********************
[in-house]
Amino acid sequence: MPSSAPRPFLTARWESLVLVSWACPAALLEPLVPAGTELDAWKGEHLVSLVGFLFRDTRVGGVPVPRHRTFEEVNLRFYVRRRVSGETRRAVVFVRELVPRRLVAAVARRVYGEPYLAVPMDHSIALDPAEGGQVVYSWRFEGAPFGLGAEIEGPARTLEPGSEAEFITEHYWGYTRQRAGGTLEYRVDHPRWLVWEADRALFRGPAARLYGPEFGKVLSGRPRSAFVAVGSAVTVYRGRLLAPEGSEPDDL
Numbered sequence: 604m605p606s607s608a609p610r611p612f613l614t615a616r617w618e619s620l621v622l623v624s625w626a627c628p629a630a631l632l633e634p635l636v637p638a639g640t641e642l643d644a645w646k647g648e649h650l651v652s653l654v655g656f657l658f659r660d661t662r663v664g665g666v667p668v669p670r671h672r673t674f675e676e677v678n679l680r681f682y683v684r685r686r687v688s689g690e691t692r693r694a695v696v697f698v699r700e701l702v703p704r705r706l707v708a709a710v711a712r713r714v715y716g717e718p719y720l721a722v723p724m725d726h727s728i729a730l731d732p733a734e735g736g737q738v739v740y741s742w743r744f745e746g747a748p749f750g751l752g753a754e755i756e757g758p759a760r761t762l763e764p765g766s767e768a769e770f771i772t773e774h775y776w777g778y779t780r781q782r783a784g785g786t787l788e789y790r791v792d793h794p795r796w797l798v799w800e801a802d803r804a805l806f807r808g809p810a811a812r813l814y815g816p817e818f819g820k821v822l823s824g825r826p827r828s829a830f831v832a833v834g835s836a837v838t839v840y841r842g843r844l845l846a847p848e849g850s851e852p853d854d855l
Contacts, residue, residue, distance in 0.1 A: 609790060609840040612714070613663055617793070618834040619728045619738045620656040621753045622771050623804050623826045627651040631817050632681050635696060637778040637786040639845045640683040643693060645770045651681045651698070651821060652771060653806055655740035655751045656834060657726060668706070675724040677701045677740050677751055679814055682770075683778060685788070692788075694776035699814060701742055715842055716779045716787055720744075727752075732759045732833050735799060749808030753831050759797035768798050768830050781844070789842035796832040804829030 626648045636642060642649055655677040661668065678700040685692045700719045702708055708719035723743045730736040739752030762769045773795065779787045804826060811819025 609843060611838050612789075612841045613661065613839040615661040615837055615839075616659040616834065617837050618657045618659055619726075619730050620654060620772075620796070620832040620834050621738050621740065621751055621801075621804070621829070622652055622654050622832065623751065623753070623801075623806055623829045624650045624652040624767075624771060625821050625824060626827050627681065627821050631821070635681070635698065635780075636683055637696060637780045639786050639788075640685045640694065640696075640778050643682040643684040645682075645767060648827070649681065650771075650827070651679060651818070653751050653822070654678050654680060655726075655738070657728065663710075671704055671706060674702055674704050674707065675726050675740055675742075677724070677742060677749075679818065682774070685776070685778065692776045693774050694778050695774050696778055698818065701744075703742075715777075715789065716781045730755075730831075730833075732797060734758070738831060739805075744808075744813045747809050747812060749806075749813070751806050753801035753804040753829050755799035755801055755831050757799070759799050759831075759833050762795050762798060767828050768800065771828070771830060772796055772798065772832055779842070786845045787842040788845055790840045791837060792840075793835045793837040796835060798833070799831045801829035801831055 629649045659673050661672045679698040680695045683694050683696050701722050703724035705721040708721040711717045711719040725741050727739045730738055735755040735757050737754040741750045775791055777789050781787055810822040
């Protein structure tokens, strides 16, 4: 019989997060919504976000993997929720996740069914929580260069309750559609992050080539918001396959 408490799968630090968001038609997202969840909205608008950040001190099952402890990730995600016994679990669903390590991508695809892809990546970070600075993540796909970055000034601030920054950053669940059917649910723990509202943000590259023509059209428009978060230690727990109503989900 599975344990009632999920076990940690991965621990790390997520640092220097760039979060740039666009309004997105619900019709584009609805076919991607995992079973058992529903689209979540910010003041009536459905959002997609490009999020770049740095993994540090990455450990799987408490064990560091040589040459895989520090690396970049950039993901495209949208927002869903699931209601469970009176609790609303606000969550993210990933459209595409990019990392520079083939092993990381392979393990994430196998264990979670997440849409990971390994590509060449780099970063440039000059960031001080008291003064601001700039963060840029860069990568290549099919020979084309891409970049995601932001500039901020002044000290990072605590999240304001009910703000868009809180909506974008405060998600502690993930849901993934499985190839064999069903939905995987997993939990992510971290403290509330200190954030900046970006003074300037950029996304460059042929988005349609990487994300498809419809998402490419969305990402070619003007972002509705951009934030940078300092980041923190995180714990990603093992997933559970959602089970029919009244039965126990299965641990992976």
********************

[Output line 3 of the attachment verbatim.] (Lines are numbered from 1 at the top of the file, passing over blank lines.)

Numbered sequence: 604m605p606s607s608a609p610r611p612f613l614t615a616r617w618e619s620l621v622l623v624s625w626a627c628p629a630a631l632l633e634p635l636v637p638a639g640t641e642l643d644a645w646k647g648e649h650l651v652s653l654v655g656f657l658f659r660d661t662r663v664g665g666v667p668v669p670r671h672r673t674f675e676e677v678n679l680r681f682y683v684r685r686r687v688s689g690e691t692r693r694a695v696v697f698v699r700e701l702v703p704r705r706l707v708a709a710v711a712r713r714v715y716g717e718p719y720l721a722v723p724m725d726h727s728i729a730l731d732p733a734e735g736g737q738v739v740y741s742w743r744f745e746g747a748p749f750g751l752g753a754e755i756e757g758p759a760r761t762l763e764p765g766s767e768a769e770f771i772t773e774h775y776w777g778y779t780r781q782r783a784g785g786t787l788e789y790r791v792d793h794p795r796w797l798v799w800e801a802d803r804a805l806f807r808g809p810a811a812r813l814y815g816p817e818f819g820k821v822l823s824g825r826p827r828s829a830f831v832a833v834g835s836a837v838t839v840y841r842g843r844l845l846a847p848e849g850s851e852p853d854d855l